The Card Counter
Starring Oscar Isaac, Tye Sheridan, Tiffany Haddish, Willem Dafoe
Watching Paul Schrader’s latest film is like sitting in an early ’90s medical center waiting room. While you wait, there isn’t much to occupy your time except to look at paintings, magazines or the outdated furniture. Schrader creates a world in “The Card Counter” that’s inescapably dull on purpose. His characters have arrived at the complacent part of their lives, a familiar routine, as Oscar Isaac’s character explains. This intentional dullness translates to a lack of stimulation for the viewer. While Isaac is either purposely or unintentionally doing a 1980s Robert De Niro, it’s comedian-turned-serious-actor Tiffany Haddish who brings life to the film. Whereas Schrader’s previous film, “First Reformed” (2017), had much to say and dynamic performers saying it, “The Card Counter” comes up empty-handed on both accounts.
Schrader certainly succeeds at making the audience feel stuck right along with these characters in their seedy hotel rooms and old burgundy casino furnishings.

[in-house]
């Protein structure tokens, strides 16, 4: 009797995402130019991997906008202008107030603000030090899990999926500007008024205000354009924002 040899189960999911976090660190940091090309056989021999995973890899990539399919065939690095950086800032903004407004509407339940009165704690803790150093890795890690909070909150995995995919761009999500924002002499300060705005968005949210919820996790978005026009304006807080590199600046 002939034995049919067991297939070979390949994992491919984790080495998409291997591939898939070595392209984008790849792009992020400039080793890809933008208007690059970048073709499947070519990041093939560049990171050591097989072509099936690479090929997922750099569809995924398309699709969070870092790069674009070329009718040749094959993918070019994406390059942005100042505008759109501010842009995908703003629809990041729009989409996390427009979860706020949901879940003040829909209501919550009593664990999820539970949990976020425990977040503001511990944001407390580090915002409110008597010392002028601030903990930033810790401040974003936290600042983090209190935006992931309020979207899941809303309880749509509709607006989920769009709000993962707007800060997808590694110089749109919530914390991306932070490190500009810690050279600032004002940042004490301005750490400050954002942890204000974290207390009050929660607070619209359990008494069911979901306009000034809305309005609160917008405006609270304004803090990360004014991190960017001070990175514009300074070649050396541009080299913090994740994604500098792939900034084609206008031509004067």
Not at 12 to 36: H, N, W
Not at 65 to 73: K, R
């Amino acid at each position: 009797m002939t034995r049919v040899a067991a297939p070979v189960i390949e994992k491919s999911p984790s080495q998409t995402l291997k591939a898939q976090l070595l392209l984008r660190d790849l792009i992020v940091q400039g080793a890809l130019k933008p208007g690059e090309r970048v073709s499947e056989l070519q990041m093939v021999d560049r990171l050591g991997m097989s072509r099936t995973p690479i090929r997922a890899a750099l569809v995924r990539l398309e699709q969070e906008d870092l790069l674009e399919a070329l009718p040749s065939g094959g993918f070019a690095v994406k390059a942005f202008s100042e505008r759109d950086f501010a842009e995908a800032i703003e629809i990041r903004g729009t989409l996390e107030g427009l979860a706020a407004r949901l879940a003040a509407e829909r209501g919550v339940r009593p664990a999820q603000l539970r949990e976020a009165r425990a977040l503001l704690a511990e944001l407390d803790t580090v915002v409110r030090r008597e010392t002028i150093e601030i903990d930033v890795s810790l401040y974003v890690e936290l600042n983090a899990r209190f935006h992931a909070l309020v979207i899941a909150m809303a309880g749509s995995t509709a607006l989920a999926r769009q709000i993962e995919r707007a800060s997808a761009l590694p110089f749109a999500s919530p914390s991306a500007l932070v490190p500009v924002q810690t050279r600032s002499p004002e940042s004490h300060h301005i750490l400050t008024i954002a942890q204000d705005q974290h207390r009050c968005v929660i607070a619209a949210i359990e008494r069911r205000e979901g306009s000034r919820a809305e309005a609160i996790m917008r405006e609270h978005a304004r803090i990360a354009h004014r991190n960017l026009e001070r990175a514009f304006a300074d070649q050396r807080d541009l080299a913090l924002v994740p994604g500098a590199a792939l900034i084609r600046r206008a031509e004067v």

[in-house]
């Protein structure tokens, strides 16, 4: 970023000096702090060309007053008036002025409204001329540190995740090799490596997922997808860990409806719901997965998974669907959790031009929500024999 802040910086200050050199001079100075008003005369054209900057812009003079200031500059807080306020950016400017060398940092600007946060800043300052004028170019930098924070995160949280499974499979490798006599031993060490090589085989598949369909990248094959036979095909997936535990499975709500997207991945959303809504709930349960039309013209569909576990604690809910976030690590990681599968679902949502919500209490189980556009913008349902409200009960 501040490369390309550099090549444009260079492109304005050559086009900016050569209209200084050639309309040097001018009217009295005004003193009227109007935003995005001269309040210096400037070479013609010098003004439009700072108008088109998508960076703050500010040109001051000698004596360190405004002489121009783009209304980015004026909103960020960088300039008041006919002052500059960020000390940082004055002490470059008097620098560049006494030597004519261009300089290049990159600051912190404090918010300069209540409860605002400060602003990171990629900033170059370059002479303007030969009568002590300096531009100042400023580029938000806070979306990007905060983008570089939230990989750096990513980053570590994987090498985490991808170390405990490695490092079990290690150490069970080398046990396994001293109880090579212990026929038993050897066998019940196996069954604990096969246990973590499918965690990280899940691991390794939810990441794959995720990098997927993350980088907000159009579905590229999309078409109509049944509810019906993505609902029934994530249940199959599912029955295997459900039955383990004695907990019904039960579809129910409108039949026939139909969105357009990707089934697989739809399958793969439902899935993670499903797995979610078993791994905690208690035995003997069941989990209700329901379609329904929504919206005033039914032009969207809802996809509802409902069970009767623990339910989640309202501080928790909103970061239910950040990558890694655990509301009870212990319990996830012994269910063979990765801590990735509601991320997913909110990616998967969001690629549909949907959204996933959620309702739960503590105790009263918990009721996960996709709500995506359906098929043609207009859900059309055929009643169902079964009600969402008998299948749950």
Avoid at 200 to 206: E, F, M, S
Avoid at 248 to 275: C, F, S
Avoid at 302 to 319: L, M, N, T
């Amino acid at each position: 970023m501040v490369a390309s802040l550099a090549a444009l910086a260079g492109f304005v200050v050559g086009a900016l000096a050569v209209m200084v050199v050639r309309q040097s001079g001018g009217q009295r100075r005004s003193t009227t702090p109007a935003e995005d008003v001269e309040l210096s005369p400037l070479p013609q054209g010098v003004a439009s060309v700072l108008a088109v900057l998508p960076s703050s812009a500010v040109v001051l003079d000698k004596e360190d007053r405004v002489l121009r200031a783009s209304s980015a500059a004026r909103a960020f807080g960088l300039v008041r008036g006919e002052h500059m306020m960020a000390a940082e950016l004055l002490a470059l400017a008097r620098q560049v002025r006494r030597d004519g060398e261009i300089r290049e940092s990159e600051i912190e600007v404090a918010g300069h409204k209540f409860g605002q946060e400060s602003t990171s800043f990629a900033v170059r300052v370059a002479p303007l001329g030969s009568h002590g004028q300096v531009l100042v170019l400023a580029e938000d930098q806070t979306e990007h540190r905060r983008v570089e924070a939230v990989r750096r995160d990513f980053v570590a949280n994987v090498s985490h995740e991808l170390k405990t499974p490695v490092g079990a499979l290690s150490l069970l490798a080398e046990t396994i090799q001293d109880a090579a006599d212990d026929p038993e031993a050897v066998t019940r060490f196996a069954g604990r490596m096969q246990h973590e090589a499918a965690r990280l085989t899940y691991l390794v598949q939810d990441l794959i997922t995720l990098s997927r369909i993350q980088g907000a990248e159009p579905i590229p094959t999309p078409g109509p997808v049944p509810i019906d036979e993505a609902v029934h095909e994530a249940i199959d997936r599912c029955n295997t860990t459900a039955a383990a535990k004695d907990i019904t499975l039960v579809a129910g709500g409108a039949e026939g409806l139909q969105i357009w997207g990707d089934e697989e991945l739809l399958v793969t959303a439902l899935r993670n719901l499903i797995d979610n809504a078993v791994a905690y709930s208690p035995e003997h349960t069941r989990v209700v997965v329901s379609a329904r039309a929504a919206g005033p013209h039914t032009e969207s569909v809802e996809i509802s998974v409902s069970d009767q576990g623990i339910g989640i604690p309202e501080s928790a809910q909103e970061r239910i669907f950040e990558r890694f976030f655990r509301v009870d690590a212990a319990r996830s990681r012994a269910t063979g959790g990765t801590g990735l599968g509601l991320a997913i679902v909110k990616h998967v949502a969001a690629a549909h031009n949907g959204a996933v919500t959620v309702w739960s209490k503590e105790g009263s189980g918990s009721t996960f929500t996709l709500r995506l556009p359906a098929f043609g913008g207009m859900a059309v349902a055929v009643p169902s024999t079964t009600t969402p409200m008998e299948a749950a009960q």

“Roulette is the only smart casino bet,” Tell explains. A game we never see him play. Every conversation in the film occurs as if the life has been completely sucked out of the characters. This could be because all three performances feel like the actors read different scripts or at least interpreted them differently. Or is the director intentionally presenting them this way? Either way, when La Linda is talking you’re always waiting for a punch line that’s never comes. When Tell stares at another person you’re waiting for him to get violent, and Sheridan has never looked so beat down in his appearance here. There are shards of sarcasm throughout, but Schrader keeps it dark and downtrodden like the rest of his work.
The studio approved description for the film uses words like “intensity” and “thriller.” However, the intensity is muffled and the thrills are suppressed, even the one scene of violence is shown off screen. The subtext in Schrader’s script is about trauma and coping mechanisms, and Isaac deserves credit for his acute portrayal that’s subtle to the point that we almost missing what he is delivering. Schrader certainly succeeds at making the audience feel stuck right along with these characters in their seedy hotel rooms and old burgundy casino furnishings.
“The Card Counter” isn’t a thriller, gambling film or even much of a revenge film, but it’s moody from beginning to end